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Salt Lake City's push to create new living spaces downtown includes at least one vertical village.

Nobody quite expected the trendy, high-rise condominiums and stores in the Broadway Park Lofts near Pioneer Park to fill up as quickly as they did — especially after the project sputtered to a debt-mired halt and one developer bailed.

The city then chipped in $4.5 million in loans to revive construction and today, not even three years later, all but one of the 82 lofts at 360 W. 300 South are taken. City officials now tout the structure as a high-profile happy ending that proves the sales appeal of cool design and walkable neighborhoods.

More crucially, from the city's perspective, the development's urban sensibility, red-brick bones, vintage vertical lines and glass-dominated exterior give it an influential presence in a downtown area ripe for renewal.

"Our original reason for getting into it was to help resolve a problem in a very prominent location," said Matt Dahl, senior project manager for the city's Redevelopment Agency. "We wanted to make sure it was done in a quality fashion."

RDA officials offered praise for developer Micah Peters, CEO of ClearWater Homes, who took over after the original developer, Ken Milo, withdrew. Peters and his partners kicked in $2 million of their own, cleared up a tangle of liens on the property, revised blueprints, wrapped up construction and paid city loans back six months early.

"They faced a lot of challenges,'' Dahl said.

Ranging in price from $140,000 for studios to $1.3 million for penthouse units, the lofts set new records in downtown's condo market for prices paid per square foot. That, and the fact buyers have gobbled up scores of small, unabashedly modern lofts across from the city's most crime-vexed park, sends a strong statement to some people, not least the developer.

"The proof is in the pudding, as far as I'm concerned," said Peters, who is a leading member of the Pioneer Park Coalition, a group of businesses, landowners and social-service providers exploring issues related to downtown's homeless population.

"If people are willing to put their money where their mouth is, move down here and pay those prices," Peters said, "then they believe that the city and our group have the ability to remedy the problems that are apparent on the street."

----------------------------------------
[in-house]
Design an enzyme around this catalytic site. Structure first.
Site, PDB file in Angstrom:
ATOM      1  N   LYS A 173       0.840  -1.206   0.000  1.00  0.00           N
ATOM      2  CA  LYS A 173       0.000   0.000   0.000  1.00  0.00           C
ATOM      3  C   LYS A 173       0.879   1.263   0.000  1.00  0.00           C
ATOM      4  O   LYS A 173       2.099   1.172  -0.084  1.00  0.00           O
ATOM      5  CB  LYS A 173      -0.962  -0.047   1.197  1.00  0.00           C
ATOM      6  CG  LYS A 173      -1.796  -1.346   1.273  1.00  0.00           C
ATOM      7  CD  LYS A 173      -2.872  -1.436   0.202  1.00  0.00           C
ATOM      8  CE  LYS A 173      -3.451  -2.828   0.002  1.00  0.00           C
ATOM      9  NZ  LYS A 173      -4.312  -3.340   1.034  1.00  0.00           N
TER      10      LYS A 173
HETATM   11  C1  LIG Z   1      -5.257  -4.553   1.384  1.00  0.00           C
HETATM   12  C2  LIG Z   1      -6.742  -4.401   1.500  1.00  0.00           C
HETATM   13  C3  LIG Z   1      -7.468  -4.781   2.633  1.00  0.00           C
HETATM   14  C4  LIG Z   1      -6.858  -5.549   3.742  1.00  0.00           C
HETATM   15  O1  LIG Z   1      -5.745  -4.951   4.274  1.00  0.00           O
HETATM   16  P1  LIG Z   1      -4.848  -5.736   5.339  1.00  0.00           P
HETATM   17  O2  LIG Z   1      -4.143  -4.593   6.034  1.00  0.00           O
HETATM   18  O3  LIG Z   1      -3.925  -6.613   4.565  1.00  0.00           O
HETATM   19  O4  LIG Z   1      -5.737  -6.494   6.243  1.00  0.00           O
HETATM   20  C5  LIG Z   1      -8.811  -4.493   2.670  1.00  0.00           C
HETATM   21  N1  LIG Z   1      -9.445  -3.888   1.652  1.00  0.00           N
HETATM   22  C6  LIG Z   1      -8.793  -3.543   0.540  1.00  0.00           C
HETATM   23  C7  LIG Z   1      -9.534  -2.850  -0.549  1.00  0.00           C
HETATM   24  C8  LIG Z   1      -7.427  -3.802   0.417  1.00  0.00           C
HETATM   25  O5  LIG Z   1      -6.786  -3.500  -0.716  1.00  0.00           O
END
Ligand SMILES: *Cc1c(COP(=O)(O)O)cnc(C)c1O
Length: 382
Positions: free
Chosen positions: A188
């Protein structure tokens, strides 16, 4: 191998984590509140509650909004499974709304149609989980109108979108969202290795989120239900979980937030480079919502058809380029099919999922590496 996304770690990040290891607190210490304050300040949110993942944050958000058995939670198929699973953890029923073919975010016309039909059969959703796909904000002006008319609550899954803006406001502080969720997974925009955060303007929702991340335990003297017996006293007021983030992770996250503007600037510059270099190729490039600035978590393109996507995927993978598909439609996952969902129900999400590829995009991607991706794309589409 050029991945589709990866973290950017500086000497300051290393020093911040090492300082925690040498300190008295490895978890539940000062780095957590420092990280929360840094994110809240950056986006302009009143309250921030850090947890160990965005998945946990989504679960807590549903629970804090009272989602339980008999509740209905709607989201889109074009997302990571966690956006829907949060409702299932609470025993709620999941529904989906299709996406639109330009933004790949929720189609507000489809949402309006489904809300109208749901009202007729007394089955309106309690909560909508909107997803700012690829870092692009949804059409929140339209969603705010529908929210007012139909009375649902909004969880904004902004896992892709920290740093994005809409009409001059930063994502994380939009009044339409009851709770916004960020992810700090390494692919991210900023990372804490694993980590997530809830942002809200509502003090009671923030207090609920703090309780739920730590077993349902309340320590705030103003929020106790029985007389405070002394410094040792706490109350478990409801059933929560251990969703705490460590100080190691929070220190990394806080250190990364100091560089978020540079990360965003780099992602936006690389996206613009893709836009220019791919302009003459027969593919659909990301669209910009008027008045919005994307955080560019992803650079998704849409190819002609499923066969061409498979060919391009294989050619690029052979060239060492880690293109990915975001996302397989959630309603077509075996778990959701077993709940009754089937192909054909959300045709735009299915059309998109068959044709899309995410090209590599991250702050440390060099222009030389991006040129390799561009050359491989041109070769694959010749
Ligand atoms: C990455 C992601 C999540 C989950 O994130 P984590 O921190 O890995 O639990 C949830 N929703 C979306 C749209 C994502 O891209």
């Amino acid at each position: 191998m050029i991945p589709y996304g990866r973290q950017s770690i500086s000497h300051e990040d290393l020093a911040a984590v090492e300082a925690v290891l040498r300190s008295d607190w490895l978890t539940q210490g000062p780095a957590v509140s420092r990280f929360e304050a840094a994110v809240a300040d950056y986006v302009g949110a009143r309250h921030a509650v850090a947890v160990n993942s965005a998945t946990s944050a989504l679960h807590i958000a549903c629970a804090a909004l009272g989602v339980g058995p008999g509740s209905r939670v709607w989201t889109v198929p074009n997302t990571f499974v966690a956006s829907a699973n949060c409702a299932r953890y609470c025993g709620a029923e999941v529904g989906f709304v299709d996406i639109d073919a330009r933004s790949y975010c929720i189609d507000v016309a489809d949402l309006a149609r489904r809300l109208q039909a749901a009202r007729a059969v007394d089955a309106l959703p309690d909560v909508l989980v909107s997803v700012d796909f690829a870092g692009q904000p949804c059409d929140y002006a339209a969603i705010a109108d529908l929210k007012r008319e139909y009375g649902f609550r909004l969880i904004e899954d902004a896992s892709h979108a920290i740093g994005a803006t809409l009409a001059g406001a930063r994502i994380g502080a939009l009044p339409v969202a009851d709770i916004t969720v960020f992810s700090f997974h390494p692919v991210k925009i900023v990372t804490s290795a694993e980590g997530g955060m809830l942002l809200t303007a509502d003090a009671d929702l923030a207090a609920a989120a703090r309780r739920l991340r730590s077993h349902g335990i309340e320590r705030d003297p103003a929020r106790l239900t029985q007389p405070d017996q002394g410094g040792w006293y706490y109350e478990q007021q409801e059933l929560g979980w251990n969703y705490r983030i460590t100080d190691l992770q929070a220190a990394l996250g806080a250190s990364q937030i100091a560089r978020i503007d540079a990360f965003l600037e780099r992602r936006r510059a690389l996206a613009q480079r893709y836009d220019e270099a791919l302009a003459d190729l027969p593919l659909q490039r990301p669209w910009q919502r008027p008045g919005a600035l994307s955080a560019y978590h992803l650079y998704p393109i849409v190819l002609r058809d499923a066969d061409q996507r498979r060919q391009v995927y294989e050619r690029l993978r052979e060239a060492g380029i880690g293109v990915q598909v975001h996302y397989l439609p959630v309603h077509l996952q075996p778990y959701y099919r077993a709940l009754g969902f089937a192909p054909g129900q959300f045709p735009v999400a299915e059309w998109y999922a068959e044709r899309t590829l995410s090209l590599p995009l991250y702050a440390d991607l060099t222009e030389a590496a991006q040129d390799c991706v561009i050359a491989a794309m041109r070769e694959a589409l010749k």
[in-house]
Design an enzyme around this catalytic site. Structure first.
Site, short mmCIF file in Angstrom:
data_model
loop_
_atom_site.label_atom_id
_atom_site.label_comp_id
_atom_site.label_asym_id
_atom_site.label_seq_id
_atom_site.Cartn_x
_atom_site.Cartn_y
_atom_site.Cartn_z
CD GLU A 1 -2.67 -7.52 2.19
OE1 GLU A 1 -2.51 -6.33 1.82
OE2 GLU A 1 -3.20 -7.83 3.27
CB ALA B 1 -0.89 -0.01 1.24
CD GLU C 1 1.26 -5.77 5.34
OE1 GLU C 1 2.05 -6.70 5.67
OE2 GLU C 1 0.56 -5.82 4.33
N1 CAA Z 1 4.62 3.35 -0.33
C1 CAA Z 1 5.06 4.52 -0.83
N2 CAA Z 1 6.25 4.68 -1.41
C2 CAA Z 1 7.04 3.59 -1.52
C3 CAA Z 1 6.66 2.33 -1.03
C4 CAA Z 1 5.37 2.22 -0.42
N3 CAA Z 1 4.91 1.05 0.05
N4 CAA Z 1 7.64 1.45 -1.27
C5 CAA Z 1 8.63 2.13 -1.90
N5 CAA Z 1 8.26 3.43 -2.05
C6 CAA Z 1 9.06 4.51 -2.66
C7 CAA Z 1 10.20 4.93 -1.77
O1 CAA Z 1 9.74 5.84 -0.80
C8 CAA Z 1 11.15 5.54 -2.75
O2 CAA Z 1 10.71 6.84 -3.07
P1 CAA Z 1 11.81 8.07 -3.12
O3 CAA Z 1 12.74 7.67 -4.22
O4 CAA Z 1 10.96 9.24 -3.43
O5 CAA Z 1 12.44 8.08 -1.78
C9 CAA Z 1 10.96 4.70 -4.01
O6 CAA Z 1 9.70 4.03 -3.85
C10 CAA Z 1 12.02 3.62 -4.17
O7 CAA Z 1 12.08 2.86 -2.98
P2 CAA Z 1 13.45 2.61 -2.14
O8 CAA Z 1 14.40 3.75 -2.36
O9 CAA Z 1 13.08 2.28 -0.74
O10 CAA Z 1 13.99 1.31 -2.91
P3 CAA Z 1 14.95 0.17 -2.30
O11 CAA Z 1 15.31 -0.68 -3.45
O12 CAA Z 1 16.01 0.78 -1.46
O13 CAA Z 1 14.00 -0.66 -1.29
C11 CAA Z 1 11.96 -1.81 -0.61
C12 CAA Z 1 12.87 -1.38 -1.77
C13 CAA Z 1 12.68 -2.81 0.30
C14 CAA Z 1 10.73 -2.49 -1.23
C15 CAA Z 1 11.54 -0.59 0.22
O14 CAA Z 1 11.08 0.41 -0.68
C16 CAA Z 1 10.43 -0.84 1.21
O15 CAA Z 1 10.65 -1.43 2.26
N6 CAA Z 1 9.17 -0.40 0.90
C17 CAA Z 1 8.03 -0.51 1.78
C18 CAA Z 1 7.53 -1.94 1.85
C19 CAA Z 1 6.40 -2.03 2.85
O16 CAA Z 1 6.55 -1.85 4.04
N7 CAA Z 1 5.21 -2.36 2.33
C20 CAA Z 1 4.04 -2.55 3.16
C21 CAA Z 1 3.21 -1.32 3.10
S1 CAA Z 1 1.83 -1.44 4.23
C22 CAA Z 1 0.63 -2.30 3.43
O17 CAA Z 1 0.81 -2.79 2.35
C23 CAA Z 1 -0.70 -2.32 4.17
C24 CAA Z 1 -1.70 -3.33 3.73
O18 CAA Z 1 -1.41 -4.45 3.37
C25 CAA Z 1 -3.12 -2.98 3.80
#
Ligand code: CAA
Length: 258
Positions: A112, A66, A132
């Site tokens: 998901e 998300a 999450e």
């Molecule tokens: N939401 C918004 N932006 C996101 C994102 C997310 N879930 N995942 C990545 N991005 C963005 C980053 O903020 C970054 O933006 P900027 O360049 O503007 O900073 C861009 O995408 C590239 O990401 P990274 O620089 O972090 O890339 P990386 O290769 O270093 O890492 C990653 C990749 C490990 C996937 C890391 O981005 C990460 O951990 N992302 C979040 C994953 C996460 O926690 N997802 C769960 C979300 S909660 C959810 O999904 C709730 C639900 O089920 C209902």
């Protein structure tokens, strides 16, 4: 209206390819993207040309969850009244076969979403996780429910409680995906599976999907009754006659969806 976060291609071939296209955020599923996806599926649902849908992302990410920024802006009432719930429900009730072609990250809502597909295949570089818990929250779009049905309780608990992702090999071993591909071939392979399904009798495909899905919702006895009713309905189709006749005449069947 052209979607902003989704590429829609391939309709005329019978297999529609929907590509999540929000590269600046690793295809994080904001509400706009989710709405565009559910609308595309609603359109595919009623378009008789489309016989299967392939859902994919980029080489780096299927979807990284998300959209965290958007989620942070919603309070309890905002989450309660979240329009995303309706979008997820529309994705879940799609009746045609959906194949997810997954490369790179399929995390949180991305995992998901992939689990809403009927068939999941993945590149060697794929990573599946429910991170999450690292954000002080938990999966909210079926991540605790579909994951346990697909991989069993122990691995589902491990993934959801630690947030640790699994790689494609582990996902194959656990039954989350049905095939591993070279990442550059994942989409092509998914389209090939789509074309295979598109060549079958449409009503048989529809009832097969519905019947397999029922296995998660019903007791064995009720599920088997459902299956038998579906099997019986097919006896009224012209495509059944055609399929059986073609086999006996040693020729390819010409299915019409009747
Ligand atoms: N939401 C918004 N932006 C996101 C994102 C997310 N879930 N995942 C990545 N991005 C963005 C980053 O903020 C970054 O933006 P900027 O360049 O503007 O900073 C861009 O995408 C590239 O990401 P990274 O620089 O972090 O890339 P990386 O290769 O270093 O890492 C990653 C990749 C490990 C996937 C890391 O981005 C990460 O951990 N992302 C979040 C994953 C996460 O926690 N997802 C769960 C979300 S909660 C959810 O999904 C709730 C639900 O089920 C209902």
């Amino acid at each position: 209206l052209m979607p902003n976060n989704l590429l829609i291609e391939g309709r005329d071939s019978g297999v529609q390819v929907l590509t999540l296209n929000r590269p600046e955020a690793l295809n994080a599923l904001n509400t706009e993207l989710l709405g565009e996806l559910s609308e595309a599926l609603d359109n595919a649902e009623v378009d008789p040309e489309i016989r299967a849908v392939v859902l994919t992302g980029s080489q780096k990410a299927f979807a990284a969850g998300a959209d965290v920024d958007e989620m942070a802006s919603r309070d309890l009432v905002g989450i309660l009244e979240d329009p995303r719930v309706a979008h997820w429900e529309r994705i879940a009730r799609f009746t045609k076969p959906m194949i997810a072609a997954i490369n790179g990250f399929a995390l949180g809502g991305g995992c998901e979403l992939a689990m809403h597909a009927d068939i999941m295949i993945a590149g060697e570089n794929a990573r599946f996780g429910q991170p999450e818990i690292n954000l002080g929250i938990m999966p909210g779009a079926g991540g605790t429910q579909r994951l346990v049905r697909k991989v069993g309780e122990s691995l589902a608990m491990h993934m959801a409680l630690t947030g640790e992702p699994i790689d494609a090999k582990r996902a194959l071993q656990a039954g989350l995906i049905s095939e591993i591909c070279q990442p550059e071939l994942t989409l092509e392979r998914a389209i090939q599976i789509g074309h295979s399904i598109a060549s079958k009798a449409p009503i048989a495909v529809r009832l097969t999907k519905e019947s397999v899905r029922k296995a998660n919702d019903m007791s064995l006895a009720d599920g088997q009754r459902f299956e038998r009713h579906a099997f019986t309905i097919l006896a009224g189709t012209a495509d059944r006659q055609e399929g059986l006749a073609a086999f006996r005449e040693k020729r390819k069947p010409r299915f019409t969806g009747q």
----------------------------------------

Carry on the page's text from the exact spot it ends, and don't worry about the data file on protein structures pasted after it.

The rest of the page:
The developer is a former suburban homebuilder for D.R. Horton and other national firms who says he wanted to break away from traditional single-family construction in favor of boutique architectural design. With Broadway Park Lofts, he said, innovative exterior elements are matched by touches inside the building.

"We wanted to be courageous enough to carry the modernism throughout," Peters said.

The eight-story building has a spacious inner courtyard with a multistory backlit waterfall, ground-level shops and rooftop patios. There is an abundance of glass walls, exposed fixtures and industrial finishes. Some units combine work and living spaces.

The smallest lofts are around 400 square feet, spread over two floors linked by a retractable staircase. Ceilings reach as high as 22 feet for a combined design that gives more weight to cubic volume than square footage.

"It's space for your head," Peters said.

Fifteen of the building's units sold the first week they were on the market. In a matter of months, Peters said, Broadway Park Lofts was drawing young couples, relocating executives, downsizing retirees and frequent travelers seeking centrally located crash pads.

"We thought we were going to have the millennium, software designer, tattoo kind of kid here," Peters said, "but it's really been all over the map."

In interviews, residents acknowledged concerns about safety, vagrancy and panhandling but said their purchase decisions were swayed more by the building's stylish features and central location in the heart of downtown.

"The best amenity is the view, then of course, location in a nice walkable area," said Mark Rogers, a Salt Lake City real estate agent who, after showing the condos to several clients, bought one of his own. "I literally don't see my car for days."

Other buyers sense they are part of a hip social experiment, highlighted by the Broadway Park Lofts' vaulting courtyard and other key design features that encourage residents to interact.

Mike Hatch loves his new 1,000-square-foot loft and surrounding living environment. The 35-year-old ad-agency art director regularly attends wine tastings with his partner and other residents in the courtyard.

"It still has that neighborhood feel," Hatch said, "even though it's downtown."

Drawn from diverse backgrounds and income levels, he said, the lofts' residents "all wanted to locate downtown and be part of a more social atmosphere rather than being separated by their houses and yards in the suburbs."

Twitter: @Tony_Semerad